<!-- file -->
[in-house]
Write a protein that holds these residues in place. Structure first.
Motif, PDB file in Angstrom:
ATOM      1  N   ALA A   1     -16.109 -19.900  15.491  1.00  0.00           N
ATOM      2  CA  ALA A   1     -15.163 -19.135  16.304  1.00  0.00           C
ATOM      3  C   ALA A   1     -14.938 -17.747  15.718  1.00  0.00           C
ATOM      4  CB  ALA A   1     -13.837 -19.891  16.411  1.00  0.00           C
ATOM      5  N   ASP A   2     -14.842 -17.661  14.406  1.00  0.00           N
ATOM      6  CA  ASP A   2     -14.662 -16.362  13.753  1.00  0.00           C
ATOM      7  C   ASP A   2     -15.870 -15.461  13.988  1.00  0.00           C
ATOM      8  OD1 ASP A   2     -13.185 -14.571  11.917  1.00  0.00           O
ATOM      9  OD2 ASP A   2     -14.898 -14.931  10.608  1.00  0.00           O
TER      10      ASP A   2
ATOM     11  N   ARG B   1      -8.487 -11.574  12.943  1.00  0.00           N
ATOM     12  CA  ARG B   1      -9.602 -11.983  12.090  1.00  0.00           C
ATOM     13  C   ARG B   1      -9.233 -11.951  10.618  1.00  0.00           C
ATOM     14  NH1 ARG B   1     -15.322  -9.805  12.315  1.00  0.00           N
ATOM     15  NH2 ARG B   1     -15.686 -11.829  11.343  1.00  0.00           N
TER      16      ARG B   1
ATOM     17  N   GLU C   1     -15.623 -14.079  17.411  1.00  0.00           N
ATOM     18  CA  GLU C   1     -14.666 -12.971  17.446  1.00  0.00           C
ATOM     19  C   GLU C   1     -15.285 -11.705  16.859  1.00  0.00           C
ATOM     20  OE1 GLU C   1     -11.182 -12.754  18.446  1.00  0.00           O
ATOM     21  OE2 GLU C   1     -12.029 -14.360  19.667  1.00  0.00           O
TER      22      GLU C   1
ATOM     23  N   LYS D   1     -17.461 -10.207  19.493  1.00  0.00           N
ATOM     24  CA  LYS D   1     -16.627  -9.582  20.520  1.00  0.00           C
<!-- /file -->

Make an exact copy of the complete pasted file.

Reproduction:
[in-house]
Write a protein that holds these residues in place. Structure first.
Motif, PDB file in Angstrom:
ATOM      1  N   ALA A   1     -16.109 -19.900  15.491  1.00  0.00           N
ATOM      2  CA  ALA A   1     -15.163 -19.135  16.304  1.00  0.00           C
ATOM      3  C   ALA A   1     -14.938 -17.747  15.718  1.00  0.00           C
ATOM      4  CB  ALA A   1     -13.837 -19.891  16.411  1.00  0.00           C
ATOM      5  N   ASP A   2     -14.842 -17.661  14.406  1.00  0.00           N
ATOM      6  CA  ASP A   2     -14.662 -16.362  13.753  1.00  0.00           C
ATOM      7  C   ASP A   2     -15.870 -15.461  13.988  1.00  0.00           C
ATOM      8  OD1 ASP A   2     -13.185 -14.571  11.917  1.00  0.00           O
ATOM      9  OD2 ASP A   2     -14.898 -14.931  10.608  1.00  0.00           O
TER      10      ASP A   2
ATOM     11  N   ARG B   1      -8.487 -11.574  12.943  1.00  0.00           N
ATOM     12  CA  ARG B   1      -9.602 -11.983  12.090  1.00  0.00           C
ATOM     13  C   ARG B   1      -9.233 -11.951  10.618  1.00  0.00           C
ATOM     14  NH1 ARG B   1     -15.322  -9.805  12.315  1.00  0.00           N
ATOM     15  NH2 ARG B   1     -15.686 -11.829  11.343  1.00  0.00           N
TER      16      ARG B   1
ATOM     17  N   GLU C   1     -15.623 -14.079  17.411  1.00  0.00           N
ATOM     18  CA  GLU C   1     -14.666 -12.971  17.446  1.00  0.00           C
ATOM     19  C   GLU C   1     -15.285 -11.705  16.859  1.00  0.00           C
ATOM     20  OE1 GLU C   1     -11.182 -12.754  18.446  1.00  0.00           O
ATOM     21  OE2 GLU C   1     -12.029 -14.360  19.667  1.00  0.00           O
TER      22      GLU C   1
ATOM     23  N   LYS D   1     -17.461 -10.207  19.493  1.00  0.00           N
ATOM     24  CA  LYS D   1     -16.627  -9.582  20.520  1.00  0.00           C